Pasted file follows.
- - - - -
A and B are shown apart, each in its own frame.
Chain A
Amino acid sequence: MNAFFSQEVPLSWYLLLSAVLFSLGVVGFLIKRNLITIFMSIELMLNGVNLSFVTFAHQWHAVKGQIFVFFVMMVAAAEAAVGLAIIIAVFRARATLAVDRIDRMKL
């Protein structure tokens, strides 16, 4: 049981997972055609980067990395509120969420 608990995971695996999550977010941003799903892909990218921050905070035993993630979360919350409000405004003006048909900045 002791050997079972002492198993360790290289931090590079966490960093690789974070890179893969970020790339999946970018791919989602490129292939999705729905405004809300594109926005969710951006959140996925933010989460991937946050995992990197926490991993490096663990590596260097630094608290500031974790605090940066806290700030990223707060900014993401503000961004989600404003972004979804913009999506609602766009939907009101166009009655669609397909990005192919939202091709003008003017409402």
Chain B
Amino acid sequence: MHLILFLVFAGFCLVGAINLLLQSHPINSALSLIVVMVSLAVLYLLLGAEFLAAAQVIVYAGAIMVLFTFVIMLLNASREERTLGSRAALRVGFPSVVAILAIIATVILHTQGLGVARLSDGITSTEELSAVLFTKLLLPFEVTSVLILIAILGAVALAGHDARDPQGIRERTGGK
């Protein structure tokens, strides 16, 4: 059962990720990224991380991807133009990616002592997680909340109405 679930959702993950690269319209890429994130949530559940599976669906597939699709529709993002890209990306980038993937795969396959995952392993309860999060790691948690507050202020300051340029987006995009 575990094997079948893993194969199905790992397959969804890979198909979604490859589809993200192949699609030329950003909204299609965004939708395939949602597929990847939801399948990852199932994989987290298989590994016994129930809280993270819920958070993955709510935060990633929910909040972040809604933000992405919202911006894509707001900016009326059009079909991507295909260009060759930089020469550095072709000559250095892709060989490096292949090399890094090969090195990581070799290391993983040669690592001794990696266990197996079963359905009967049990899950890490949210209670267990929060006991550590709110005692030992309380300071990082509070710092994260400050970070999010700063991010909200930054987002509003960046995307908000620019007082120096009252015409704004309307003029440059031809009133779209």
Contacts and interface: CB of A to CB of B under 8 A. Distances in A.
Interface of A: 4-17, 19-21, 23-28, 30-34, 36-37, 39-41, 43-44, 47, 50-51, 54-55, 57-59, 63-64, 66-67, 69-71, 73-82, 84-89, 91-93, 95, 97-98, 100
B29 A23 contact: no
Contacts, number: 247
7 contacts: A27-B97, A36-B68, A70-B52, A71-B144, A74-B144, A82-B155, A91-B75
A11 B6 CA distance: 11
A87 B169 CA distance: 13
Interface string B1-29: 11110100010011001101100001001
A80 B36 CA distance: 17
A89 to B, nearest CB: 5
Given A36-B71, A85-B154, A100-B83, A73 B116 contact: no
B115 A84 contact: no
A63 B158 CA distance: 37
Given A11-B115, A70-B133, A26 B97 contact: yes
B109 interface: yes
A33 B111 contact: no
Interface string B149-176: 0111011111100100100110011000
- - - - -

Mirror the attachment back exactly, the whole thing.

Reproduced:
A and B are shown apart, each in its own frame.
Chain A
Amino acid sequence: MNAFFSQEVPLSWYLLLSAVLFSLGVVGFLIKRNLITIFMSIELMLNGVNLSFVTFAHQWHAVKGQIFVFFVMMVAAAEAAVGLAIIIAVFRARATLAVDRIDRMKL
């Protein structure tokens, strides 16, 4: 049981997972055609980067990395509120969420 608990995971695996999550977010941003799903892909990218921050905070035993993630979360919350409000405004003006048909900045 002791050997079972002492198993360790290289931090590079966490960093690789974070890179893969970020790339999946970018791919989602490129292939999705729905405004809300594109926005969710951006959140996925933010989460991937946050995992990197926490991993490096663990590596260097630094608290500031974790605090940066806290700030990223707060900014993401503000961004989600404003972004979804913009999506609602766009939907009101166009009655669609397909990005192919939202091709003008003017409402």
Chain B
Amino acid sequence: MHLILFLVFAGFCLVGAINLLLQSHPINSALSLIVVMVSLAVLYLLLGAEFLAAAQVIVYAGAIMVLFTFVIMLLNASREERTLGSRAALRVGFPSVVAILAIIATVILHTQGLGVARLSDGITSTEELSAVLFTKLLLPFEVTSVLILIAILGAVALAGHDARDPQGIRERTGGK
């Protein structure tokens, strides 16, 4: 059962990720990224991380991807133009990616002592997680909340109405 679930959702993950690269319209890429994130949530559940599976669906597939699709529709993002890209990306980038993937795969396959995952392993309860999060790691948690507050202020300051340029987006995009 575990094997079948893993194969199905790992397959969804890979198909979604490859589809993200192949699609030329950003909204299609965004939708395939949602597929990847939801399948990852199932994989987290298989590994016994129930809280993270819920958070993955709510935060990633929910909040972040809604933000992405919202911006894509707001900016009326059009079909991507295909260009060759930089020469550095072709000559250095892709060989490096292949090399890094090969090195990581070799290391993983040669690592001794990696266990197996079963359905009967049990899950890490949210209670267990929060006991550590709110005692030992309380300071990082509070710092994260400050970070999010700063991010909200930054987002509003960046995307908000620019007082120096009252015409704004309307003029440059031809009133779209």
Contacts and interface: CB of A to CB of B under 8 A. Distances in A.
Interface of A: 4-17, 19-21, 23-28, 30-34, 36-37, 39-41, 43-44, 47, 50-51, 54-55, 57-59, 63-64, 66-67, 69-71, 73-82, 84-89, 91-93, 95, 97-98, 100
B29 A23 contact: no
Contacts, number: 247
7 contacts: A27-B97, A36-B68, A70-B52, A71-B144, A74-B144, A82-B155, A91-B75
A11 B6 CA distance: 11
A87 B169 CA distance: 13
Interface string B1-29: 11110100010011001101100001001
A80 B36 CA distance: 17
A89 to B, nearest CB: 5
Given A36-B71, A85-B154, A100-B83, A73 B116 contact: no
B115 A84 contact: no
A63 B158 CA distance: 37
Given A11-B115, A70-B133, A26 B97 contact: yes
B109 interface: yes
A33 B111 contact: no
Interface string B149-176: 0111011111100100100110011000